“I stayed face down in the water looking for [Elyse], because I knew [that] whatever happened she was going to need help,” Mr Burns said. “The blood cleared and I could see her. She was well down below me. The water I think was at least 10 metres deep and she was a good seven, eight metres down.
“The face mask was off and she still had her weight belt on and she was making no effort to come back up. “So I’ve duck-dived down to get her and as I’m bringing her back up I’m [wondering] … what can I do when we get to the top until the boat gets us. “But thankfully, when we broke the waters surface, she started breathing immediately. So, one problem solved.”
It was at that time Ms Frankcom regained consciousness. “I looked behind me … and I just saw this big white beard and instantly I just felt comforted,” she said. “I knew I was safe. I’d never met him, but I knew he was going to take care of me.” Mr Burns carried Ms Frankcom to the boat, where there happened to be a registered nurse and a paramedic on board. He then stayed in the water until all the other snorkelers were out and safe.
On board, Ms Frankcom’s first thoughts were for the children on board. “The first thing she said was, ‘get the kids up the front, I don’t want them to see this’,” Mr Burns said. The ocean-loving teenager was airlifted to hospital, where her doctors stopped counting at 200 stitches.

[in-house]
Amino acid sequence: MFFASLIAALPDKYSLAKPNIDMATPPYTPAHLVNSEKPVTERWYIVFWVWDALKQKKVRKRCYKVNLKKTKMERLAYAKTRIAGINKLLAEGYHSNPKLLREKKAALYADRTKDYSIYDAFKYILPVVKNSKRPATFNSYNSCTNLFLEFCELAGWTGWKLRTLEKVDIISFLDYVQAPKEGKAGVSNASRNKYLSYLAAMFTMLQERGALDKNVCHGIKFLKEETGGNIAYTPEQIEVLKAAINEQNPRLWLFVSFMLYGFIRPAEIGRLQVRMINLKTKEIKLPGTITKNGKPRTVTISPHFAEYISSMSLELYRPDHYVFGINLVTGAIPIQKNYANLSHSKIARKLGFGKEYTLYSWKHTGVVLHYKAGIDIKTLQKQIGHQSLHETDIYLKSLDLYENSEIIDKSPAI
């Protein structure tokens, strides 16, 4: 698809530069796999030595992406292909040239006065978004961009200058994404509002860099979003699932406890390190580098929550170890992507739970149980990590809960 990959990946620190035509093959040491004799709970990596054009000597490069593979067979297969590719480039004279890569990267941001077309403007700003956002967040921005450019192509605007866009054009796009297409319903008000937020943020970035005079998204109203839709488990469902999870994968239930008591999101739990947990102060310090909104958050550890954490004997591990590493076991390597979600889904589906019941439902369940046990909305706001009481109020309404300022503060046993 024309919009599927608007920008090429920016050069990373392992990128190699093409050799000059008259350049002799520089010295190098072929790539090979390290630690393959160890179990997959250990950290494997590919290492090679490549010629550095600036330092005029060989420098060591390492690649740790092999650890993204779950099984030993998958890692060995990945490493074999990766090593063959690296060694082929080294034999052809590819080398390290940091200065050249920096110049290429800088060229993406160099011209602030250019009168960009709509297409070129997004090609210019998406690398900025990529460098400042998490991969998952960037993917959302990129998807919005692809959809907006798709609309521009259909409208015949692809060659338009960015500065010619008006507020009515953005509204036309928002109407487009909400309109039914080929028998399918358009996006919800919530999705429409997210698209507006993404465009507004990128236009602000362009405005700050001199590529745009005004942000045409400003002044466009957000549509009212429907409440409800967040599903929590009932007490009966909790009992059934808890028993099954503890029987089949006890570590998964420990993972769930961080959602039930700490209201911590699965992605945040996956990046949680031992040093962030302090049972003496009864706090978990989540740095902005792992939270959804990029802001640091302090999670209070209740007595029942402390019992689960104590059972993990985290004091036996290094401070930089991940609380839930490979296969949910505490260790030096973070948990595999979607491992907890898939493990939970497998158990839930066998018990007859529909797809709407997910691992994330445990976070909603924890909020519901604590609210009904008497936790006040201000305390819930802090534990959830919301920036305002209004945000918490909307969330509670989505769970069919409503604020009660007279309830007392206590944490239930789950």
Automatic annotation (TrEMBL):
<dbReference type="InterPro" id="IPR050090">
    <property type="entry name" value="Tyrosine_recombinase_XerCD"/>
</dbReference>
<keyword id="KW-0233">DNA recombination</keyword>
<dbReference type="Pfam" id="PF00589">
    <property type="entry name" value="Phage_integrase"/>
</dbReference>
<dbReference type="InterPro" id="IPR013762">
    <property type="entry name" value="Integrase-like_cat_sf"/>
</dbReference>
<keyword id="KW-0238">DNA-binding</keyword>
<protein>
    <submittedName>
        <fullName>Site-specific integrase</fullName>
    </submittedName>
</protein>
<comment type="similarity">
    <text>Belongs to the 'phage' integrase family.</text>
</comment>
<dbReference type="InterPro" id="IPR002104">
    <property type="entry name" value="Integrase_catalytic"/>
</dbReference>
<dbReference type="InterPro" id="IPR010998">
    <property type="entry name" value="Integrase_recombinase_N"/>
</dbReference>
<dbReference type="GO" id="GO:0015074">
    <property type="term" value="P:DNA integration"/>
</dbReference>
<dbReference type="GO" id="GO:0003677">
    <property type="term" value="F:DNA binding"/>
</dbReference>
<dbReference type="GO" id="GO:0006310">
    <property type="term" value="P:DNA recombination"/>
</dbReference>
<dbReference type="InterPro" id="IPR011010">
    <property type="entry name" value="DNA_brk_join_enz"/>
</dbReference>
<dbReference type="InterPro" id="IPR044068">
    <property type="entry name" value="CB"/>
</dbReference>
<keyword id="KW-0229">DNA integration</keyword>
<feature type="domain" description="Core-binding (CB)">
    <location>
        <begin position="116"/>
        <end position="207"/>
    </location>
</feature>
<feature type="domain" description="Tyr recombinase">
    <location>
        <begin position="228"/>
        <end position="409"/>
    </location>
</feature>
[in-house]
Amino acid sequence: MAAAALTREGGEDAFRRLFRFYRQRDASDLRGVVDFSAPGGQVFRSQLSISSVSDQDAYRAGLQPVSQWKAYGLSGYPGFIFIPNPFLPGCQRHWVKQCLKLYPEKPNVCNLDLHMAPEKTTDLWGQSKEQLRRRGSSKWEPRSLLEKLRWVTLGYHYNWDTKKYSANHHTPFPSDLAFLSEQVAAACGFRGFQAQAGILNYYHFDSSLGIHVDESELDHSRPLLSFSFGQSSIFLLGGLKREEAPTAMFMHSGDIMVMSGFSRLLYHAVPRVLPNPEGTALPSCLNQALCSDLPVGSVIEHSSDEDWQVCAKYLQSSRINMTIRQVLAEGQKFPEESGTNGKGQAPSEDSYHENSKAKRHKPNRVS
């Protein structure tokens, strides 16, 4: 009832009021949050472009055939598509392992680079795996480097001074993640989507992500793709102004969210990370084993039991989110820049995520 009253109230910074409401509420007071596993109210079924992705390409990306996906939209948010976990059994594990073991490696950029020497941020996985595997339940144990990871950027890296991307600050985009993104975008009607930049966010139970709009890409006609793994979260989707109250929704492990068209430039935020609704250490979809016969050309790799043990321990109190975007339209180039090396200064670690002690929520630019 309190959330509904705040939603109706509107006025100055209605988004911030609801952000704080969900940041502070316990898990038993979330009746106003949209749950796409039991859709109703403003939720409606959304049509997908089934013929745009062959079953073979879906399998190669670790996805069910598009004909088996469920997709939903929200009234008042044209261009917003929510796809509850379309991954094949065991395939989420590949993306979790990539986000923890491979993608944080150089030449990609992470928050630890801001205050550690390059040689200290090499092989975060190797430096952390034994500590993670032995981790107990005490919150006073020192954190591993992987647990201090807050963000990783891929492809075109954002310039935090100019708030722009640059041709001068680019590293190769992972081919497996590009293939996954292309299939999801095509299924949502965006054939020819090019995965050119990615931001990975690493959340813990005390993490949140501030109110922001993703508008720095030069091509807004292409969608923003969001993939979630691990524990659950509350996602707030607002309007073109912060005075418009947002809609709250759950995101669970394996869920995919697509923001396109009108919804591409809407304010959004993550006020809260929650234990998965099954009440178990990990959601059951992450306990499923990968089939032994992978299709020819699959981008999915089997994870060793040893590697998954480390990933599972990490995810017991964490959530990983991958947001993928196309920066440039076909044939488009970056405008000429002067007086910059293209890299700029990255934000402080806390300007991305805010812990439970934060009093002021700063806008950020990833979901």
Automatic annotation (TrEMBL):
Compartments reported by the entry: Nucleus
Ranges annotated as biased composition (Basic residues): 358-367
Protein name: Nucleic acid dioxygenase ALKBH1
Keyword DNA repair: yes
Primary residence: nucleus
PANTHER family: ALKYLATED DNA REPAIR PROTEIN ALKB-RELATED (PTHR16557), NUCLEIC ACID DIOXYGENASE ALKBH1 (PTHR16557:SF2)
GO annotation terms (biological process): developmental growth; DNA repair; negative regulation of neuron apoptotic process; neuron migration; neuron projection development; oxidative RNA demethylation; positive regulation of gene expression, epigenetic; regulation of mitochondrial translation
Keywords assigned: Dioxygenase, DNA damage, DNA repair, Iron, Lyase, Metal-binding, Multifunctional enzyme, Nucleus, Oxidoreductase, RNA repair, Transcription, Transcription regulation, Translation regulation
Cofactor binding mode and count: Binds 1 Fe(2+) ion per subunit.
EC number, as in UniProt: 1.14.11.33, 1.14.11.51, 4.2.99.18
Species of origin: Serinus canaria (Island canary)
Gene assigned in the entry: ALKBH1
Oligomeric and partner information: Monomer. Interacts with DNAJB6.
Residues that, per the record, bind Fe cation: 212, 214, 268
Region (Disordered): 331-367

Less than six months later, Ms Frankcom returned to the ocean for the first time with her hero. “He’s the most selfless human being I’ve met,” she said. “He put his own life at risk for a stranger. He saved my life. If it weren’t for him, I wouldn’t be alive today. “When I talk to people about him, I just praise on the fact how much of a kind human being he his. He really restores your faith in mankind, and there’s not many people out there like him. “I’m eternally grateful for everything he did that day. There’s no way I could ever put an amount of words on how I feel about him.”
The hero tag does not sit well with Mr Burns though. “I’m very happy, I’m proud of what I did. But hero is too often thrown around. And I don’t feel any different now than I did before,” he said. “She was in dire straits and she needed help. “My parents brought me up to do the right thing. And Dad always told me to stay calm, never panic and you’ll always do the right thing.”
Ms Frankcom has returned to work in the water, and Ms Burns has bought a new wetsuit to take snorkeling off the Queensland coast over the Easter long weekend. “I’m not insane enough to think that they’re [sharks] are safe,” Mr Burns said. “I respect them for what they can do. But stopping me going in the water? No.”
For Ms Frankcom, it’s her love of the ocean that has her returning to the water. “I grew up in the ocean,” she said. “I need the ocean.” Mr Burns has been awarded the Star of Courage for his rescue of Ms Frankcom.
March 25th 2013 – Reported in the Brisbane Times by Marissa Calligeros